The Wayward Kite (2017) – Review

By Michelle Sommerville

There are films where all it takes it one look at the title and you just know what it is going to be about. For me, this was not one of those films. Before I even pressed play, my mind was filled with ideas and guesses, and I was excited to see if the truth would come anywhere near. Would it be straight forward, or an analogy for something greater? This was almost swept from my mind at the first display of animation. It was breathtaking, even in its apparent simplicity. It didn’t detract from the story, however, instead elevating it and bringing it to life.

It is not a good day for that poor kite. With a musical accompaniment but no dialogue, the audience follows the exploits of the title wayward kite. Cut off from the rest, it is hit by a vehicle, electrocuted by power lines, falls into a dumpster, and finds itself among the disgusting refuse at the tip. By this point it is little more than mere tatters clinging desperately to its frame. It breaks free of this too, now unencumbered but further weakening itself. A storm and rain threaten a final defeat, but almost through sheer will the kite perseveres.

The story of the film is simple, but can symbolise much deeper meaning. You find yourself questioning how closely you related to an inanimate object and its harrowing plight.

At this point I usually comment on the acting, which feels strange to do in a film like this. Somehow, the faceless kite was able to emote, and was a great leading man or woman.

Let me get one thing straight: the animation was phenomenal. From the first look at the kites at the beginning, I was brought into the world of the film. That’s what you need to do, bring the audience in, and The Wayward Kite certainly did this. Add to this the cityscape and huge advertisement boards, a-mazing!

The transitions were also flawless, seamlessly moving from one scene and setting to another.

Another unmistakably brilliant addition to this film was the emotional classical music accompaniment. It was not what you would expect in a cartoon, but elevated it from a more child-like target audience to those looking for the meaning behind the images.

In the last few years, animated short films have become a hit. Whether this is due to shortened attention spans or some other reason, it bodes well for this work. Already selected to screen internationally at well-respected film festivals, it seems this is only the beginning of success for both this film and its creators.

Not since Toy Story (1995) have I rooted so hard for an inanimate object. It held such personification and emotion. The animation was brilliant and made it an oddly relatable story. I have no idea how they achieved this, and I don’t really want to know lest it take away the magic.

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Footloose (2011) – Review

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I’ll be honest, I was biased when I pressed play.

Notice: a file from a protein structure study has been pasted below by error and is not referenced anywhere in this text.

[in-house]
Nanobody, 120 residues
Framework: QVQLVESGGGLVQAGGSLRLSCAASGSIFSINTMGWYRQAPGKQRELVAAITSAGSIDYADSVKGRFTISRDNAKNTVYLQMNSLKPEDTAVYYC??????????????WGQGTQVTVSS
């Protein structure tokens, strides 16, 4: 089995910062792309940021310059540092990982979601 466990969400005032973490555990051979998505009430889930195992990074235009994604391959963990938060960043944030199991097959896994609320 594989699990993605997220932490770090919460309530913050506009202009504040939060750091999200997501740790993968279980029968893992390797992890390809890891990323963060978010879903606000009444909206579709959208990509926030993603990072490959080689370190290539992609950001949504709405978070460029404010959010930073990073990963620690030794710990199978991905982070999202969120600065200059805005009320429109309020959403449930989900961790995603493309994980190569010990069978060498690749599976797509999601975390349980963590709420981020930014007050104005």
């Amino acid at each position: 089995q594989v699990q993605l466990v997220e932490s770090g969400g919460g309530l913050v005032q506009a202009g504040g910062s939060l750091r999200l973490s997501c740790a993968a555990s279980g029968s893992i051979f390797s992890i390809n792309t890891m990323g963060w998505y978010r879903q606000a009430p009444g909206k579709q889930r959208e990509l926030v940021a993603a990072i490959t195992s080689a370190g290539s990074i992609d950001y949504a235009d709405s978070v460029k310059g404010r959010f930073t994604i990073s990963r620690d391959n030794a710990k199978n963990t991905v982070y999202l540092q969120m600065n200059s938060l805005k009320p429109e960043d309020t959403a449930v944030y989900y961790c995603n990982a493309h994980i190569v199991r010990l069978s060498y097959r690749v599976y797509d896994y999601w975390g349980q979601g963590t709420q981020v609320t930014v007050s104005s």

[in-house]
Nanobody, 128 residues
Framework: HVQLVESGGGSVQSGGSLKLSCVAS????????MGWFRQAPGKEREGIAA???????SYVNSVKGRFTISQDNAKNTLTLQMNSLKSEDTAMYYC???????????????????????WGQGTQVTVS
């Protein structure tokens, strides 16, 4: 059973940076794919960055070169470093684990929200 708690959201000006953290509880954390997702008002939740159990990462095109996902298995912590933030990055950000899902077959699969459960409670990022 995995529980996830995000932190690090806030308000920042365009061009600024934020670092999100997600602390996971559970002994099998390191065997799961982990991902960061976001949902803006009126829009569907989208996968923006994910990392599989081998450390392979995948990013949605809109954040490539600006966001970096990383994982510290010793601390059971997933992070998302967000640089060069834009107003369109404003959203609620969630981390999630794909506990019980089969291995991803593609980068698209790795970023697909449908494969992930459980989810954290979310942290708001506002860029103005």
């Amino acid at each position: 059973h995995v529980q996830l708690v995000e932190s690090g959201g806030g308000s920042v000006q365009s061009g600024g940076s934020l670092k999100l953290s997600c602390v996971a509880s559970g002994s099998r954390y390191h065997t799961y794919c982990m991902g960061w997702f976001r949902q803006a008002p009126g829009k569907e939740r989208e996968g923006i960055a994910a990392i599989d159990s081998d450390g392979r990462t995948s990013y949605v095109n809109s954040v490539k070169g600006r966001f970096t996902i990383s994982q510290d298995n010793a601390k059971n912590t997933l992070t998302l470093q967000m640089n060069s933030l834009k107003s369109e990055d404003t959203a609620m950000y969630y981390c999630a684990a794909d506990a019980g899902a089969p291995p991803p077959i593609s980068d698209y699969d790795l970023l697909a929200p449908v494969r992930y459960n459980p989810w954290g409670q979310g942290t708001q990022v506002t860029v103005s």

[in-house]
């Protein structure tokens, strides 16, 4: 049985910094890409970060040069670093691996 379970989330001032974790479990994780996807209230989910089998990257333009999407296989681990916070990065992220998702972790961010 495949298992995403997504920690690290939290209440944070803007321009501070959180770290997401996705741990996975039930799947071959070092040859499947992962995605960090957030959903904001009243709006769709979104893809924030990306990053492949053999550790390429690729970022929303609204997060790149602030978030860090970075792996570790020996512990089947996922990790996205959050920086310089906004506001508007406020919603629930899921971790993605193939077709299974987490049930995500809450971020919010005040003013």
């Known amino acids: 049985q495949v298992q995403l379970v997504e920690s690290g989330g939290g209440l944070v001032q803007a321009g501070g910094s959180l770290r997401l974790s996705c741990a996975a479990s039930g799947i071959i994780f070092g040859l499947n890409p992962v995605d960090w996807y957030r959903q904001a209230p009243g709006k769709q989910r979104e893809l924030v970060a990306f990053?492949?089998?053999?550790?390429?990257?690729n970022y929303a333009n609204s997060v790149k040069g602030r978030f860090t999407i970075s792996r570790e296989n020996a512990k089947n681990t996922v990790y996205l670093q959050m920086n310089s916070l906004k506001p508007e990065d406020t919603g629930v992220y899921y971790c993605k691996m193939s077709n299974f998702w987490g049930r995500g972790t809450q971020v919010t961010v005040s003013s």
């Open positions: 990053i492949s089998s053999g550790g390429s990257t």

I recorded it weeks ago, but with nothing else on TV, I decided to finally put it on.

Remakes in general drive me nuts, so I wasn’t too enthusiastic about this one – not to mention they removed the best part: Kevin Bacon!

From reading this review, you may think I’m some old fogey. No, I am almost 25 years old, and am honest enough to admit that I do not agree with the kids in this movie at all. Instead of my usual review format, I’ll just do bullet-points.

The Good

  • The acting. I didn’t know most of them (with the exception of Miles Teller, Dennis Quaid, and Andie MacDowell), but all of them played their roles well.
  • The dancing featured some of our favourite moves from the original, while incorporating modern actions.
  • They kept to the idea of the original, not trying to make it something different. After all, what makes movies like the original Footloose a great movie, is that it can be timeless.

The Bad

  • Rules make kids rebel – No, idiot kids do that just fine on their own. It’s like saying laws like ‘No Murder’ are responsible for people wanting to murder. Of course ‘no music’ is ridiculous, but indulging in underage sex, drugs, and alcohol aren’t intelligent decisions. Until we are ~25 years old, our brains are still forming, and the last part to form is the long-term effects of their actions. As adults it is our responsibility to ensure those still developing aren’t making the decisions they cannot make. If they think it’s unfair, tough luck.
  • Church and State – The world isn’t going to follow God and doesn’t believe in Him, but that doesn’t mean He’s not real. There is no real separation of church and state, God has laws and they are above all other laws. Most of the time, where do you think they got the laws?
  • Dancing in the Bible – Yes David and the worshippers danced, but no where in the Bible does it have them rubbing up against each other in a Holy way in celebration of God.